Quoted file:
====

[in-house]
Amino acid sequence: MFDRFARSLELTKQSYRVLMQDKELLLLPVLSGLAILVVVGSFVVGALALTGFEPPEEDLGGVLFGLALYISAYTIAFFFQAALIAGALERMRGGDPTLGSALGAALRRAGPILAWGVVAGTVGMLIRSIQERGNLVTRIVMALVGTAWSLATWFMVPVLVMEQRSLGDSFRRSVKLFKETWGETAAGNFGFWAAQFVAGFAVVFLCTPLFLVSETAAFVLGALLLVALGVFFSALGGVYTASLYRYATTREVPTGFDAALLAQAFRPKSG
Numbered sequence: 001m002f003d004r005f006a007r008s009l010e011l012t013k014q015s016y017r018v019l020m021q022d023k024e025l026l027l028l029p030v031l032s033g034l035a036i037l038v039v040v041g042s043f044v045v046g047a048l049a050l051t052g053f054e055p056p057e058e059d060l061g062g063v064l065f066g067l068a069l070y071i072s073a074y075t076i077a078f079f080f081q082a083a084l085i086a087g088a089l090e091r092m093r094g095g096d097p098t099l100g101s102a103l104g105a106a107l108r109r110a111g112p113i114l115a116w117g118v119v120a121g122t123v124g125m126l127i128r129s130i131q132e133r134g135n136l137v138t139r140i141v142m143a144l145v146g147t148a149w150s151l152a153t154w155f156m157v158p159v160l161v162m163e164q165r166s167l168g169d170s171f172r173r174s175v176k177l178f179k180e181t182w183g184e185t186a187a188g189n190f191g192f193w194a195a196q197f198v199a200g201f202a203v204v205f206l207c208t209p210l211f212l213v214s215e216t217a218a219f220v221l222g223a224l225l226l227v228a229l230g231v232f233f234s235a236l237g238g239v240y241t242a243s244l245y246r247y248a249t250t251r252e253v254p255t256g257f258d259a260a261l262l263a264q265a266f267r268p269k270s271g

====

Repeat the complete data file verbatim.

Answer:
[in-house]
Amino acid sequence: MFDRFARSLELTKQSYRVLMQDKELLLLPVLSGLAILVVVGSFVVGALALTGFEPPEEDLGGVLFGLALYISAYTIAFFFQAALIAGALERMRGGDPTLGSALGAALRRAGPILAWGVVAGTVGMLIRSIQERGNLVTRIVMALVGTAWSLATWFMVPVLVMEQRSLGDSFRRSVKLFKETWGETAAGNFGFWAAQFVAGFAVVFLCTPLFLVSETAAFVLGALLLVALGVFFSALGGVYTASLYRYATTREVPTGFDAALLAQAFRPKSG
Numbered sequence: 001m002f003d004r005f006a007r008s009l010e011l012t013k014q015s016y017r018v019l020m021q022d023k024e025l026l027l028l029p030v031l032s033g034l035a036i037l038v039v040v041g042s043f044v045v046g047a048l049a050l051t052g053f054e055p056p057e058e059d060l061g062g063v064l065f066g067l068a069l070y071i072s073a074y075t076i077a078f079f080f081q082a083a084l085i086a087g088a089l090e091r092m093r094g095g096d097p098t099l100g101s102a103l104g105a106a107l108r109r110a111g112p113i114l115a116w117g118v119v120a121g122t123v124g125m126l127i128r129s130i131q132e133r134g135n136l137v138t139r140i141v142m143a144l145v146g147t148a149w150s151l152a153t154w155f156m157v158p159v160l161v162m163e164q165r166s167l168g169d170s171f172r173r174s175v176k177l178f179k180e181t182w183g184e185t186a187a188g189n190f191g192f193w194a195a196q197f198v199a200g201f202a203v204v205f206l207c208t209p210l211f212l213v214s215e216t217a218a219f220v221l222g223a224l225l226l227v228a229l230g231v232f233f234s235a236l237g238g239v240y241t242a243s244l245y246r247y248a249t250t251r252e253v254p255t256g257f258d259a260a261l262l263a264q265a266f267r268p269k270s271g